fredag 6. mars 2009
On Return of the Crimson Guard.
The last book in my stack of books started on, though this one I had just read like 16 pages of, so it was basically just an excuse to read it before the ones I had to start from the beginning on. Only other book I had read by the author, Ian C. Esslemont, was his previous Malazan book, Night of Knives, and although it was enjoyable, it wasn't a great book as such, so curious to see if the man could write his way out of Erikson's shadow.
The book, obviously sharing the world with Steven Erikson's Malazan Book of the Fallen series, follows the trend from Night of Knives and most of Erikson's books in that it has one major plot for the book, while having loads of threads and hooks to tie it in with other books set in the whole malazan universe, and generally leaving a lot of stories open and nonconclusive. This time it's about the first civil war in the Malazan Empire; several of the Empress' old partners, and her predecessor on the throne's faithfull henchmen teaming up with various old cities and nations conquered by the empire to get rid of her, while the Crimson Guard comes to take revenge on all malazans, all the while the loyalist imperials is divided politically. It's like the author has watched a lot of Royal Rumble, or played Super Smash Bros Brawl a bit too much, and wanted to do something similiar, having the majority of the celebrities duke it out in one gigantic battle.
And it doesn't take long for the battle to being really, the start of the book being introductions, but unlike most fantasy books, it doesnt use or the best part, doesnt NEED to have 700 pages of building up tension, a mix of knowing loads of the characters from before and just plain good writing speeds up the process of having characters with some depth early on. One thing that is a bit annoying at the start however, is how fast the author switches between the different characters, so when you finally start to get to grips with one, it switches to another, etc. But later on in the book I hardly noticed it, and it worked very well to keep the pace and let you in on what happened everywhere. After that introduction, the action and plot sets an outragous pace; a siege starts that pales Helmsdeep and similiar, and with new factions entering the battle over the course of days, it breaks up into all kinds of schemes, various characters having to deal with each other, alliances gets made and are broken, monsters stalks the night for some horror elements, and the malazan theme with loads of magic descriptions, plus even a tiny amount of amorous adventure. Overall, Esslemont somehow managed to put in more stuff over the course of 700 pages than certain authors did over 12 000 pages.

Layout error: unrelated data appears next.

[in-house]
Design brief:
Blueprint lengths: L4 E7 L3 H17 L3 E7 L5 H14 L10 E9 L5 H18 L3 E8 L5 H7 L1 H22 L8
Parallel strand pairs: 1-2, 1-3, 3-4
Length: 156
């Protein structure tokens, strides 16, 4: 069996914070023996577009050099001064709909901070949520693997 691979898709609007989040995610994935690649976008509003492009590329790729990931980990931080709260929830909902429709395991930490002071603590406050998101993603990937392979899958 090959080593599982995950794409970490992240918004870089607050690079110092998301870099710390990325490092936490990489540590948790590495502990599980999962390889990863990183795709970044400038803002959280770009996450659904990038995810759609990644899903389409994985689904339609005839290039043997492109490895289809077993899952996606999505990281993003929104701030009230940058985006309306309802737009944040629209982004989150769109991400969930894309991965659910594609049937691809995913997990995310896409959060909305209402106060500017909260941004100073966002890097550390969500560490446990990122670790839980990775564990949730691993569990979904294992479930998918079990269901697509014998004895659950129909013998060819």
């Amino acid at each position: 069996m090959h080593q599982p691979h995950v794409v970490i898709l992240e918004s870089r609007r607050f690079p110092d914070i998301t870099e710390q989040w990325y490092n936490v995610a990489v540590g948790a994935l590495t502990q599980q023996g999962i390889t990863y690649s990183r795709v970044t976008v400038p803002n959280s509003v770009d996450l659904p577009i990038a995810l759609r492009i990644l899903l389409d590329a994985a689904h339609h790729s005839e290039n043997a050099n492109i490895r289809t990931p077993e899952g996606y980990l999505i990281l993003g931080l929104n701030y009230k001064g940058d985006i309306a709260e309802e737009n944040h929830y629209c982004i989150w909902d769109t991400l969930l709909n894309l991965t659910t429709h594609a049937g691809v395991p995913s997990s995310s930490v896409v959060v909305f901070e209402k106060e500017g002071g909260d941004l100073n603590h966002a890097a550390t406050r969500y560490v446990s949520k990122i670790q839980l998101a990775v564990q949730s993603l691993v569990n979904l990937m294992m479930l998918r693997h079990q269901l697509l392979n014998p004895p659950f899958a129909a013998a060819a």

After finishing the book, I couldn't help but think "how the hell did he manage this?", it's like he put together the enjoyable soldier and mage themes and characters from Black Company, crafted a battle on a LOTR or WOTLK scale, but made it work like personal deep and engaging battles of First Law and Black Company and have character tension for a book ten times it's size. The ONE thing that annoyed me in the end, was the epilogoue, that just added some plot hooks, almost seems like some marketing ploy that that was a bit of a weak thing to add in, honestly.. Like eating the best dinner you have ever eaten at a restaurant, and while you sit back to give out a good sigh, the waiter shows up and starts feeding you reasons to eat there again. Gawd..
And oh yes, true to the malazan style (and a lot of other modern fantasy) it's a huge bodycount here. Everyone is in danger, no doubt about that. And it's funny how much it means; it's like Esslemont and Erikson has some form of competition killing off important characters and see how the readers cope with it. I felt rather cheated of some of the ones I was hoping would stay around and get to know more about was killed off, but considering that there is at least some of those every god damn book they put out, I guess it's just a reading hazard here. Actually, one character's vengeance I hope will feature prominently in the next book, and I wish him all the luck.. And no, not Traveller.
Before this ends up being even more of a wall of text than Wrath of the Lich King, this book is easily one of the best books I have read. It pretty much put in everything I want in a fantasy book, and then some, while being well written and short on crap that a lot of authors want to put in. But the obvious question of "is he better than Erikson?" is one of those questions of "is pepsi better than popcorn?" - they don't make sense and if you try to answear the world will turn pink and then go under while Britney Spears' greatest hits is playing insanely loud.